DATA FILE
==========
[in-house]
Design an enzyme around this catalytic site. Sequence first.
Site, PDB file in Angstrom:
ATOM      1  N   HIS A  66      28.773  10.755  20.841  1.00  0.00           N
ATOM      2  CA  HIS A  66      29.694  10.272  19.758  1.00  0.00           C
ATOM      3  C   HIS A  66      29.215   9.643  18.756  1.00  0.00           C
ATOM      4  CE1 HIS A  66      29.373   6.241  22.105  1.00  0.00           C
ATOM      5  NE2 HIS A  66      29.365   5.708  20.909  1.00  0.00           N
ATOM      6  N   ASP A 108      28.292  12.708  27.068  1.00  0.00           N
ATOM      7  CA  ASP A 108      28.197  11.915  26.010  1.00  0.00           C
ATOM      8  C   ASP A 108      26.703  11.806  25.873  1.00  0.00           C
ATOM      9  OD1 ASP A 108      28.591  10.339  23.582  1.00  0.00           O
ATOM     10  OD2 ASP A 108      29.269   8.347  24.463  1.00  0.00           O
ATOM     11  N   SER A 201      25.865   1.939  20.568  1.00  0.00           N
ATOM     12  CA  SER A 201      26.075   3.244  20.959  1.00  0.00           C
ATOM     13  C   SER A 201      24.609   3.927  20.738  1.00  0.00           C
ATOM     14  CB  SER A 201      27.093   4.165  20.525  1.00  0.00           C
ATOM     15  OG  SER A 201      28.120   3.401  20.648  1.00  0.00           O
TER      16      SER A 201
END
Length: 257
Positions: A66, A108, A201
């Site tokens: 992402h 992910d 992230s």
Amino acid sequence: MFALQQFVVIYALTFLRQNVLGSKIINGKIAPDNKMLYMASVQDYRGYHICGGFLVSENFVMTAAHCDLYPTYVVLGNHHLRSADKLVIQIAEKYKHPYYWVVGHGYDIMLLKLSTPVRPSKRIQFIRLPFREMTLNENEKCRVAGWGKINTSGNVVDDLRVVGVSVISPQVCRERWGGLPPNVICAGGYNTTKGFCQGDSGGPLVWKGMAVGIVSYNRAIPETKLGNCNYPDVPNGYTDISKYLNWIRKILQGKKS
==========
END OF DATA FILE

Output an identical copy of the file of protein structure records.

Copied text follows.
[in-house]
Design an enzyme around this catalytic site. Sequence first.
Site, PDB file in Angstrom:
ATOM      1  N   HIS A  66      28.773  10.755  20.841  1.00  0.00           N
ATOM      2  CA  HIS A  66      29.694  10.272  19.758  1.00  0.00           C
ATOM      3  C   HIS A  66      29.215   9.643  18.756  1.00  0.00           C
ATOM      4  CE1 HIS A  66      29.373   6.241  22.105  1.00  0.00           C
ATOM      5  NE2 HIS A  66      29.365   5.708  20.909  1.00  0.00           N
ATOM      6  N   ASP A 108      28.292  12.708  27.068  1.00  0.00           N
ATOM      7  CA  ASP A 108      28.197  11.915  26.010  1.00  0.00           C
ATOM      8  C   ASP A 108      26.703  11.806  25.873  1.00  0.00           C
ATOM      9  OD1 ASP A 108      28.591  10.339  23.582  1.00  0.00           O
ATOM     10  OD2 ASP A 108      29.269   8.347  24.463  1.00  0.00           O
ATOM     11  N   SER A 201      25.865   1.939  20.568  1.00  0.00           N
ATOM     12  CA  SER A 201      26.075   3.244  20.959  1.00  0.00           C
ATOM     13  C   SER A 201      24.609   3.927  20.738  1.00  0.00           C
ATOM     14  CB  SER A 201      27.093   4.165  20.525  1.00  0.00           C
ATOM     15  OG  SER A 201      28.120   3.401  20.648  1.00  0.00           O
TER      16      SER A 201
END
Length: 257
Positions: A66, A108, A201
């Site tokens: 992402h 992910d 992230s």
Amino acid sequence: MFALQQFVVIYALTFLRQNVLGSKIINGKIAPDNKMLYMASVQDYRGYHICGGFLVSENFVMTAAHCDLYPTYVVLGNHHLRSADKLVIQIAEKYKHPYYWVVGHGYDIMLLKLSTPVRPSKRIQFIRLPFREMTLNENEKCRVAGWGKINTSGNVVDDLRVVGVSVISPQVCRERWGGLPPNVICAGGYNTTKGFCQGDSGGPLVWKGMAVGIVSYNRAIPETKLGNCNYPDVPNGYTDISKYLNWIRKILQGKKS